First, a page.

The issue of Waste Management is relevant to everyone. Wastes are substances that have no further economic use, and if disposed of in land, water, or air are potentially harmful to humans and/or the environment. Wastes include solid waste (litter, household garbage, industrial & commercial wastes), liquid wastes (sewage, stormwater), and air pollutants (greenhouse gases, carbon monoxide). Much of the waste created by humans cannot be naturally recycled & most of it is not managed in a sustainable manner. Most wastes take a long time to break down - plastic bags take up to 20 years, and cigarette butts take 1-5. Continuing to dump wastes in the manner we are using now is something, which is ecologically unstable and must be dealt with.
ANALYSIS OF THE AVERAGE HOUSEHOLDS 'WHEELIE BIN'
Glass - 7.5%
Plastics - 4.9%
Steel & Aluminium - 2.5%
Food Waste - 26%
Paper Products - 24.6%
Garden Waste - 21%
Misc. (textiles, ceramics, other metals etc) - 13.5%
The first and most obvious geographical process that relates to household waste management is the creation of that original waste through human activities such as packaging, product usage, the consuming of fuel, and physical human waste. Each individual contributes huge amounts of waste, making Australia the second highest waste-producing nation in the world.
Another process involved with household waste management is the collection and organisation of the waste. In regard to general household waste, local councils usually have a weekly collection system for each household, and recyclables are often collected separately from general waste. These items, such as containers and paper, are recycled, which is much more helpful for the environment. Liquid waste from homes is organised by a sewerage system.
The last main process related to this issue is the disposal of that waste. The general household waste, which will take a long time to breakdown, is sent to landfill sites or sometimes burned. The liquid waste runs to a treatment plant, and is then dumped back into our water system. However an issue here is that sometimes the chemicals in the rubbish may pollute the water system or leak through the ground to the water table. Also, when rubbish is burned, dangerous chemicals can escape into the atmosphere. This is why waste must be managed carefully.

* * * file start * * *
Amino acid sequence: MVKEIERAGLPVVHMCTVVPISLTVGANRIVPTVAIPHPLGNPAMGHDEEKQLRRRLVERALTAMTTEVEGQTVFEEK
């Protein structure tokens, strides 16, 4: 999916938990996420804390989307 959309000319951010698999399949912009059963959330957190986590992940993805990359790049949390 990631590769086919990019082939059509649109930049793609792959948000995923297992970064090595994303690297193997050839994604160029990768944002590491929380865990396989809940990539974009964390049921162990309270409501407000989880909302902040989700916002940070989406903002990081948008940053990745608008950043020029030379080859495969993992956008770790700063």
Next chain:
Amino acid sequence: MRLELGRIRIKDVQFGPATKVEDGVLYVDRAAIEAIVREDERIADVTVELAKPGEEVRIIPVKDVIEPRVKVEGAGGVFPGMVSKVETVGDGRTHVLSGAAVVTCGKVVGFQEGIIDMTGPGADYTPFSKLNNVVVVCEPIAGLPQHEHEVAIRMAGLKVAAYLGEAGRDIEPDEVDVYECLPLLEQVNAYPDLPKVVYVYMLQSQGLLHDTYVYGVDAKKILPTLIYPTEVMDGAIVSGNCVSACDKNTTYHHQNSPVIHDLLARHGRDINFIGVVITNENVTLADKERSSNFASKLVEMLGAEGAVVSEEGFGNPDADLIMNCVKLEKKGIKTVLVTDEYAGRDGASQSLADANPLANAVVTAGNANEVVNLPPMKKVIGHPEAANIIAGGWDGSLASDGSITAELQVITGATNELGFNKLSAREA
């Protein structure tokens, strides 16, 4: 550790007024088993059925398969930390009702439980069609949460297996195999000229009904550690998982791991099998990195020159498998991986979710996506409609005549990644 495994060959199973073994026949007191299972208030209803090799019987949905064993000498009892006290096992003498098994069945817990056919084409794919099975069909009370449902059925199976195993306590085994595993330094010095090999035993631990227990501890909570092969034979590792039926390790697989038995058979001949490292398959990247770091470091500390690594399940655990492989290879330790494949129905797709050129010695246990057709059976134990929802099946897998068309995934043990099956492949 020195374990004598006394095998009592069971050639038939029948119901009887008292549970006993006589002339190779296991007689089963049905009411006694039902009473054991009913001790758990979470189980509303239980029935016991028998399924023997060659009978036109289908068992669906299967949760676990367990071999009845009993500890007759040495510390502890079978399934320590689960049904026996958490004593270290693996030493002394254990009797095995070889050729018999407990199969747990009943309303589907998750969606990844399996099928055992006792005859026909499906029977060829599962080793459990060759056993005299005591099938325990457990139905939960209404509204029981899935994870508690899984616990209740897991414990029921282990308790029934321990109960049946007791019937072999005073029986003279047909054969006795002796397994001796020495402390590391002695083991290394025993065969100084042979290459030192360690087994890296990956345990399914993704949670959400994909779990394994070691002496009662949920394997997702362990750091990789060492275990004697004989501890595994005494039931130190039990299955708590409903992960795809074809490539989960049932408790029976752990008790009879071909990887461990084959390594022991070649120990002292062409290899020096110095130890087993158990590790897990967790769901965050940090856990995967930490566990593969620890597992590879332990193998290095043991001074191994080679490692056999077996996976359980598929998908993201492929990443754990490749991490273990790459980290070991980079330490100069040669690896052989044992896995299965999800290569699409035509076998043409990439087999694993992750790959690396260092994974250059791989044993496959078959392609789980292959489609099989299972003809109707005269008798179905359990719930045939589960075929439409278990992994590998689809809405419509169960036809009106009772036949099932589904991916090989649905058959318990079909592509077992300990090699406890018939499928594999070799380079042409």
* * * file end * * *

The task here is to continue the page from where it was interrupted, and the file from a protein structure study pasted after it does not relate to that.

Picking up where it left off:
PERCEPTION OF DIFFERENT GROUPS
One main group involved in this issue is the New South Wales government, who is the body in charge of waste management in New South Wales. The government can affect waste management by creating new laws and concepts for manufacturers or even consumers. For example, a recent Bill that is being considered is the idea that all shopping centres charge for each plastic bag, to encourage the use of environment friendly, re-usable bags for shopping. The state government is also trying to encourage producers to use environment friendly materials for packaging and consumers into environmentally friendly attitudes.
Another group previously mentioned that is involved are the local governments, who manage the household waste on a small scale. Their organisation of the rubbish can change waste management by whether of not they provide recyclable bins, and their own environment campaigns.
Also, an often forgotten group that is related to this issue are the local communities of landfill, or proposed landfill sites. These communities may often be staunchly opposed to a landfill site, knowing the problem sit can cause, or may want better management of the waste so as to not affect their environment.
The last group involved is the individual citizen, which basically means everyone else. However, while many people may not care about the effect their rubbish is having on the environment, every citizen to should consider the role that we play in our environment and take the easy steps to help with waste management. This includes actions like...